One thing I'm concerned about IS the masking. On the exterior of the door the homeowner had taped a decoration or notice on the door and it looks like it pulled off the finish. I'm hoping that this was only because the finish was already shot; I'll inspect closer to be sure. Will blue tape seal well enough and resist the stripper?
Also, I've been under the impression that stripper eats plastic and that's why it's usually in metal cans.I was thinking that paper was safer than plastic for this reason. You point about soak-through is well taken. I do have butcher paper, but it's plastic coated. I think I've used gloves of vinyl or nitrile while stripping and they haven't dissolved on me.
I would think latex is out.
Thanks for the reply. Looks like I'll be doing a test run on the stripper, the fiberglass sample and all the components of the job I might be using.
07-16-2011, 01:58 PM
Use one of the citrus strippers that come in the plastic jugs. Never had any stripper dissolve one of my plastic scrapers.
Just make sure the tape is pressed well onto the surface. With the edges being protected from the sun, I think the have a good chance of surviving. You can also finesse the stripper to the tape, a little sanding along an edge/corner is easily disguised.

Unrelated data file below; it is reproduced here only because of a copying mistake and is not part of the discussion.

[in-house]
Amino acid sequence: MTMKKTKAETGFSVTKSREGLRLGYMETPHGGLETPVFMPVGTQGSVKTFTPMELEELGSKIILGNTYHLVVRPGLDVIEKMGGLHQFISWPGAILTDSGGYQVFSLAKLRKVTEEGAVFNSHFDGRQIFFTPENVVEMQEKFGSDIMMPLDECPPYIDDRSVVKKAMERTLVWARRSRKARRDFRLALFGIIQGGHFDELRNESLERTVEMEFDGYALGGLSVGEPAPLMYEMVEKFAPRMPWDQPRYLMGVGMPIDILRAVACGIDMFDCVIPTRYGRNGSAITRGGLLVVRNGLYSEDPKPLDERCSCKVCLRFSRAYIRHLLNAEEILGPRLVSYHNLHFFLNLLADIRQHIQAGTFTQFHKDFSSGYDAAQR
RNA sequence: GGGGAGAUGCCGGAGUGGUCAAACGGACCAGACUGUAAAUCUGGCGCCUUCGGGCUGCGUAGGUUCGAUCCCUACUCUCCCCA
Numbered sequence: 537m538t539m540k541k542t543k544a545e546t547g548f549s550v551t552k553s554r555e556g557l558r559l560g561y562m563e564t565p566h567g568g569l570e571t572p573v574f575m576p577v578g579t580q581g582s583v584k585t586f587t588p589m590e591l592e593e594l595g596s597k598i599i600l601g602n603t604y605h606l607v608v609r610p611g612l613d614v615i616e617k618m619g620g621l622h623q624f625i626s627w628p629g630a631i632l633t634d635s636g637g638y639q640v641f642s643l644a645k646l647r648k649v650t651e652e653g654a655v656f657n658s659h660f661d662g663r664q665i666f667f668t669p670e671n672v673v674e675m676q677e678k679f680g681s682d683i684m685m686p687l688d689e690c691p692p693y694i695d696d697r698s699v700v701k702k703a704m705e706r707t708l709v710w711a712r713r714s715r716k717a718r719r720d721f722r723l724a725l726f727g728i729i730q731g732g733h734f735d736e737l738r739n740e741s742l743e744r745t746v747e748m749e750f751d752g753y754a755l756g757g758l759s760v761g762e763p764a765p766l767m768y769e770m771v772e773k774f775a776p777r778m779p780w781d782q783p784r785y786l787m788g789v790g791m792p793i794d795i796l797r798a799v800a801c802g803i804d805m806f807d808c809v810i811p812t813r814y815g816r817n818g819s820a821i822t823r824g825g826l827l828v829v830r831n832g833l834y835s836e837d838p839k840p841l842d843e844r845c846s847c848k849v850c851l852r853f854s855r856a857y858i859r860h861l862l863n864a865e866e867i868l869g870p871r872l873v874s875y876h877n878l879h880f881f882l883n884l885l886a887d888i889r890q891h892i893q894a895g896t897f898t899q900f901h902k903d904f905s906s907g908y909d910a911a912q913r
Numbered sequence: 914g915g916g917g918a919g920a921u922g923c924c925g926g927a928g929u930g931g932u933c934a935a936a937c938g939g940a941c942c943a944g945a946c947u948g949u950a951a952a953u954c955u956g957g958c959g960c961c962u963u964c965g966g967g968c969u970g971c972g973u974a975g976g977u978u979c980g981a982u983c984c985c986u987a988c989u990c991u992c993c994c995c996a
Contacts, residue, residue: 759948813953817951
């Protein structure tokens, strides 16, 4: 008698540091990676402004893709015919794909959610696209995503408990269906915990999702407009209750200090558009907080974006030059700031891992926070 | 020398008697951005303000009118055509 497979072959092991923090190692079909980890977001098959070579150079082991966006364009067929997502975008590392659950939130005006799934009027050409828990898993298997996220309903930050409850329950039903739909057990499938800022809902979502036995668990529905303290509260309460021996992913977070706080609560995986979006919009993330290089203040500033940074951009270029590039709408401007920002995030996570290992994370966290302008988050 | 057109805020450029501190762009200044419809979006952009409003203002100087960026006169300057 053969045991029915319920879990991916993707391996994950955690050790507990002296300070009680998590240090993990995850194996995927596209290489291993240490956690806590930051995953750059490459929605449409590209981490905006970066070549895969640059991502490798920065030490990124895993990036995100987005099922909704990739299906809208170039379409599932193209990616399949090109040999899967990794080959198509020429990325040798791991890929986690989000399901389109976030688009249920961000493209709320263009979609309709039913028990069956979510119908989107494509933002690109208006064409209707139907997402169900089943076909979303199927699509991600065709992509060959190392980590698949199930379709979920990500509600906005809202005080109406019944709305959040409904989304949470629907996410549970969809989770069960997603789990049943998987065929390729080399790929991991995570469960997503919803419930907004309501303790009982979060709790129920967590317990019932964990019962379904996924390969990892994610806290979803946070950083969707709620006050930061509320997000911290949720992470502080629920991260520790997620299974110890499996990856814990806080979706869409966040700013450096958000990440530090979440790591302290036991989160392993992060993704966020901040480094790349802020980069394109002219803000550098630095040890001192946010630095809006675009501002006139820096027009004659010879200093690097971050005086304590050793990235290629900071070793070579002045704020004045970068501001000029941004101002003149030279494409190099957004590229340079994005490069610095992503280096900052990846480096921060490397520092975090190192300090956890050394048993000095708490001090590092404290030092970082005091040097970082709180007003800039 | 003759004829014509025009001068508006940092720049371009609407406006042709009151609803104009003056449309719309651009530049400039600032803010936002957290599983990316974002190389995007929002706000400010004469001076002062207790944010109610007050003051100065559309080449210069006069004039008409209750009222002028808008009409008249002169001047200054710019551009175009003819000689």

07-25-2011, 07:53 PM
Took some progress shots on my phone but they look like the lens was covered in pocket lint.
I'll post some real pics when I go back to stain.
Therma-Tru doors can indeed be stripped, but in the sense that one could tow a rowboat full of reporters to Alcatraz with a rope clamped between one's teeth. http://www.jacklalanne.com/jacks-adventures/feats-and-honors.php
No amount of planning and testing prepared me for that job. My finisher was no fool, but I think I know a big one.
I'm sure the end result will be very nice; the stain, which proved impossible to get out of the nooks and crannies of the raised panels and which the stripper and the factory butyl caulk turned nicely black, will give the doors the kind of antique-look that is considered so stylish today.